The CARES Act: Highlights of Benefits Provisions - UPDATE

The CARES Act: Highlights of Benefits Provisions - UPDATE
Riker Danzig Employee Benefits Client Alert March 29, 2020

The Coronavirus Aid, Relief and Economic Security Act (“CARES Act,” or “Act”) has been signed into law. Among the several economic relief efforts included in the Act are the following key benefits-related provisions:


The CARES Act allows for plan distributions and loans that mirror provisions previously approved in legislation enacted in response to federally-declared disasters.

1.  Plan Distributions. Employers that sponsor Code Section 401(k) plans, 403(b) plans and governmental 457(b) plans may allow coronavirus-related hardship distributions of up to $100,000, with the following requirements and benefits:

(a)   Such hardship distributions would be available to individuals:  

(i)   diagnosed with COVID-19 by a CDC-approved test; or

(ii)  whose spouse or dependent has been diagnosed with COVID-19; or

(iii) who experience financial adversity as a result of  

-         undergoing quarantine, being furloughed, laid off or having hours reduced;

-         being unable to work because of a lack of child care;

-         the closing or reduction in operating hours of a business owned or operated by the individual; or

-         other factors determined by the Secretary of the Treasury.

(b)  The distributions may include funds that would otherwise not be considered  distributable under the plan.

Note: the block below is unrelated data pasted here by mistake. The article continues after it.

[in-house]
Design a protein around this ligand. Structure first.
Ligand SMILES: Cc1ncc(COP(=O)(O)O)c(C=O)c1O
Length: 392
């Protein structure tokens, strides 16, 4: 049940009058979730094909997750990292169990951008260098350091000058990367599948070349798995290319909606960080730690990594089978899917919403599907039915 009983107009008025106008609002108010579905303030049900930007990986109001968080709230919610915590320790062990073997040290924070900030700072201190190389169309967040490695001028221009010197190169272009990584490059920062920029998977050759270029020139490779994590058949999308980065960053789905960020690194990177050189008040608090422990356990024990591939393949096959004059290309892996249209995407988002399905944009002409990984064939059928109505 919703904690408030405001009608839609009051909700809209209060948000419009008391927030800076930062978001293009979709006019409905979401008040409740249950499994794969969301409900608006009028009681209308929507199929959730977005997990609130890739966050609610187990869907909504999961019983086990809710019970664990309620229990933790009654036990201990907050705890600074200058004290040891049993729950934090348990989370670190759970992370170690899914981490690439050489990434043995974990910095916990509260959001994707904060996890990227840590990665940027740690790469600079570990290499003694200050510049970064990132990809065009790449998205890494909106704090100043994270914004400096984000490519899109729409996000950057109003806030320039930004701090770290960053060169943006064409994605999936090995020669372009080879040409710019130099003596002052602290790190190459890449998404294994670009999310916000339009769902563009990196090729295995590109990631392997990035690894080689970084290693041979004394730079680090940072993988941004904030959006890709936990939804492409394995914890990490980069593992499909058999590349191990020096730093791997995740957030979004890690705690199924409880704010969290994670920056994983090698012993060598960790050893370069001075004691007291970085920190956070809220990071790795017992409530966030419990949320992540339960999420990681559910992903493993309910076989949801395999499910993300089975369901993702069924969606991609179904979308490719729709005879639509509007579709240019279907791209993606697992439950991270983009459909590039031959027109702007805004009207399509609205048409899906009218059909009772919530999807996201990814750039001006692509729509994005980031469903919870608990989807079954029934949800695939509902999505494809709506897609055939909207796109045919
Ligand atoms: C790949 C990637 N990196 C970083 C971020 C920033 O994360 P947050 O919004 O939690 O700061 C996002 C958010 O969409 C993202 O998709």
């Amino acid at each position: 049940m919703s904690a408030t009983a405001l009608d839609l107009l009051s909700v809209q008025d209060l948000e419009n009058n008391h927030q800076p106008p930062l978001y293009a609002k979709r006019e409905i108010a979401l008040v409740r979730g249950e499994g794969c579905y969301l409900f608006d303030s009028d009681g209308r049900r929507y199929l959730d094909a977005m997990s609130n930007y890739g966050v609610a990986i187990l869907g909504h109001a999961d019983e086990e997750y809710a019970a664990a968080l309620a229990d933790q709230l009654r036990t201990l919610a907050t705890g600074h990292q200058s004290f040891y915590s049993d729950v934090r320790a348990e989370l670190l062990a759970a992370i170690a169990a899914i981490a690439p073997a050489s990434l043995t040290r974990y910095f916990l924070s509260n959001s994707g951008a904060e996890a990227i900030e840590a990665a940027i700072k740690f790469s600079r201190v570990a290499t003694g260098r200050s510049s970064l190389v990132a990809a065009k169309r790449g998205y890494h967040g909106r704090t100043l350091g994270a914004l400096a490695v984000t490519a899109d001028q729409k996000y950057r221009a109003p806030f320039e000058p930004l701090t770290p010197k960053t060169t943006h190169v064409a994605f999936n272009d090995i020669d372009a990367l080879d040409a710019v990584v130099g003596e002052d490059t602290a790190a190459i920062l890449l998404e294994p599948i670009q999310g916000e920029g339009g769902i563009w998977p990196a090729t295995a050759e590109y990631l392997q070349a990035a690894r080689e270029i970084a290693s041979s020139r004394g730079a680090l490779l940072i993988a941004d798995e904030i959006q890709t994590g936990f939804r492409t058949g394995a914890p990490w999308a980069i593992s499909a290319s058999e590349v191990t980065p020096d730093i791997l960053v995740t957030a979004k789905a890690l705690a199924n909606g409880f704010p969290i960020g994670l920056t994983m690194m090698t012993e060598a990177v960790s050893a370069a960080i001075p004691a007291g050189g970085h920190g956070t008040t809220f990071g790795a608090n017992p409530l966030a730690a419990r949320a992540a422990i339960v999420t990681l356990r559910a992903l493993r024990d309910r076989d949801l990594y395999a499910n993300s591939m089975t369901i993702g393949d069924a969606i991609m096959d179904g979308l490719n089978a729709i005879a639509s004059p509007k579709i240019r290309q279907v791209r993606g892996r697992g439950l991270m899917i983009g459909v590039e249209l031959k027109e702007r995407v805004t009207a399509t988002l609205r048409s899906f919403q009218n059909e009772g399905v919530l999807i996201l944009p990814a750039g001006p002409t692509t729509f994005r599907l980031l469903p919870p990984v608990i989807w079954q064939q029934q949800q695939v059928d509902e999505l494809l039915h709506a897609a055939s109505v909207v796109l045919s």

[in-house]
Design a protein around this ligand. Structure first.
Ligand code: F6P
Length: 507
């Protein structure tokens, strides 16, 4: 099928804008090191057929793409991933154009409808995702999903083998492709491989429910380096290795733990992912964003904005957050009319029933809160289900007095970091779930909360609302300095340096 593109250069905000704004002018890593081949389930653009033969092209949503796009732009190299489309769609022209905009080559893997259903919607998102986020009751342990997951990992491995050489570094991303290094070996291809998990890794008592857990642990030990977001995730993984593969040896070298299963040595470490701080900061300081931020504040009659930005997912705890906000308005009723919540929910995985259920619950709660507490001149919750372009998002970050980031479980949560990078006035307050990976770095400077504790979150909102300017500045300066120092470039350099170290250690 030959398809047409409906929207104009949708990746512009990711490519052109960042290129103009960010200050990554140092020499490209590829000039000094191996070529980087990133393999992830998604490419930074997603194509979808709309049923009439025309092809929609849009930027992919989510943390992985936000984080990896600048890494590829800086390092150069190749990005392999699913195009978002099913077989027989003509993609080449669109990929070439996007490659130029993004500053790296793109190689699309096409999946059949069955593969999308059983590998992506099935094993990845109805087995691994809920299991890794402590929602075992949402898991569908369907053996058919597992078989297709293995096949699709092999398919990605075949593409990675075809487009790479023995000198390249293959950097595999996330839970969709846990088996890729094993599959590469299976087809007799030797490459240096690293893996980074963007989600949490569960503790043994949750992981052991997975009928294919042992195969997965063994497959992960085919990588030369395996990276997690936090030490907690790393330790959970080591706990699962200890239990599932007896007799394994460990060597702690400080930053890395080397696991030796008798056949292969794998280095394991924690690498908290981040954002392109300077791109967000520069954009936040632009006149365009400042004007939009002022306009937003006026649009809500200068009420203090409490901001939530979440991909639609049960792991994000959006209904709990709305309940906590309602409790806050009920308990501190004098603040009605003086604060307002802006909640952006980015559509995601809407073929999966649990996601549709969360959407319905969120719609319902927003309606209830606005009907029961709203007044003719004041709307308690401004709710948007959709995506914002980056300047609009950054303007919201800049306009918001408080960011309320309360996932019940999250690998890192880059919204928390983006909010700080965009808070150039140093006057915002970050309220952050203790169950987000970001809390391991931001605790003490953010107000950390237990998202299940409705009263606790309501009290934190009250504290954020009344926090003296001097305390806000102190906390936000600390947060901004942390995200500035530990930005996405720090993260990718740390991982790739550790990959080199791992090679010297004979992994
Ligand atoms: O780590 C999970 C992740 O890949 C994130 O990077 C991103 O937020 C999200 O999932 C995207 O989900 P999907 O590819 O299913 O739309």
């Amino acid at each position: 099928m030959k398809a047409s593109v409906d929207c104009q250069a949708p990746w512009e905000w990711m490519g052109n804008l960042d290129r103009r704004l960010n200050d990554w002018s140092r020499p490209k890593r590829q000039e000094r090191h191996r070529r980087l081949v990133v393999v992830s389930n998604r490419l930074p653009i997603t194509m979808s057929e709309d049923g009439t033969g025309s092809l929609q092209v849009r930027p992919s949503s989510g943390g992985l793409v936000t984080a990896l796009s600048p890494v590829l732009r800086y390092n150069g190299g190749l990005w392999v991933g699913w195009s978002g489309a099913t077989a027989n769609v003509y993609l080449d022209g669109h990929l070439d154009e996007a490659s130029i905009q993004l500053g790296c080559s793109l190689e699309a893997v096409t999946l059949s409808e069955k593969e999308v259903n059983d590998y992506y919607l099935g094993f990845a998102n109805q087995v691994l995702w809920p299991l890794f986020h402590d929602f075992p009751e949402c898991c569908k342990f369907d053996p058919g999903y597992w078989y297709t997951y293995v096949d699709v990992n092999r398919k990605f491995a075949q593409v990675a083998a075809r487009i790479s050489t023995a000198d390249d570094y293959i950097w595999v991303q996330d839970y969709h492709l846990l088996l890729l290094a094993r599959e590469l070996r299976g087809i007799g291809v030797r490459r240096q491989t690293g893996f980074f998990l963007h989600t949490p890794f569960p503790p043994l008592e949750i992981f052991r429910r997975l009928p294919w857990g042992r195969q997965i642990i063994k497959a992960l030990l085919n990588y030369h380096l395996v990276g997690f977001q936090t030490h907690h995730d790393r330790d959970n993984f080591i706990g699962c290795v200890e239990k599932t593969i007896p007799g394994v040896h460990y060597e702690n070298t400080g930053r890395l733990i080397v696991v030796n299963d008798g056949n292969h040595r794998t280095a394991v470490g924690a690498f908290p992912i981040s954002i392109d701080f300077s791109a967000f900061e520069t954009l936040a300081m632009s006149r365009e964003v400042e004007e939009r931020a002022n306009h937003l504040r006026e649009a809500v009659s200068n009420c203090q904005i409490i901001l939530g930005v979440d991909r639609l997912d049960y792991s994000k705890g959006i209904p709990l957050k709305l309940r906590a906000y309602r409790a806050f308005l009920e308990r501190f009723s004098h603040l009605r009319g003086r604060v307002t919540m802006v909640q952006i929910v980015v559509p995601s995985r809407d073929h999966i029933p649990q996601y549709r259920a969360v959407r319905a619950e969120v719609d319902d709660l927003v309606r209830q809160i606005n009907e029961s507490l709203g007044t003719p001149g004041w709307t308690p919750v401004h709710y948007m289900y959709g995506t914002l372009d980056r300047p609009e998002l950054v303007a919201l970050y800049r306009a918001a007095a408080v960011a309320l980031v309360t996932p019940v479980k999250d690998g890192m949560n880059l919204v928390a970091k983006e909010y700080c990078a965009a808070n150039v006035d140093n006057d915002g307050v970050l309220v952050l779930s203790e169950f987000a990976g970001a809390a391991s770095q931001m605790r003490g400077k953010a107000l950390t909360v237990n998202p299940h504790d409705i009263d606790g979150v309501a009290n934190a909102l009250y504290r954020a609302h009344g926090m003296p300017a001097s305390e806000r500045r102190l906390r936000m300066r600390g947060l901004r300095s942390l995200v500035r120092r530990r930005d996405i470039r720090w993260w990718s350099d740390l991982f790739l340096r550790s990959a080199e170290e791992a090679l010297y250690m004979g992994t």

(c)   Such distributions would be without penalty (e.g., otherwise applicable to premature   distributions) and not subject to 20% withholding.

(d)  To ease the tax burden, the recipient could include the distribution in their income  over a 3-year period.

(e)  The distributions would be repayable to a tax-qualified plan or IRA within 3 years  and treated as a direct trustee-to-trustee transfer or rollover made within 60 days of the  distribution.

(f)  The distributions would be permitted under a plan as of the date of enactment of the  Act until December 31, 2020. 

2.  Plan Loans.  For the 180-day period beginning on the date of enactment of the Act, the limit on plan loans would be increased to the lesser of (i) $100,000 (up from $50,000) OR (ii) the greater of $10,000 or 100% (up from 50%) of the present value of the participant’s vested benefit under the plan. Those individuals who have loan repayments due in 2020 and who would qualify for a coronavirus-related hardship distribution would in general have an additional year to make such loan repayments.

3. Required Minimum Distributions. The Act waives required minimum distributions (“RMDs”) required for calendar year 2020 from certain retirement plans (e.g., an eligible retirement plan, such as a 401(k) plan, a Code Section 403(a) or 403(b) plan, an eligible deferred compensation plan under Code Section 457(b), but only if maintained by a state or state governmental agency or subdivision (as described in Code Section 457(e)(1)(A)), and an IRA). An RMD made prior to 2020 is not eligible for the waiver.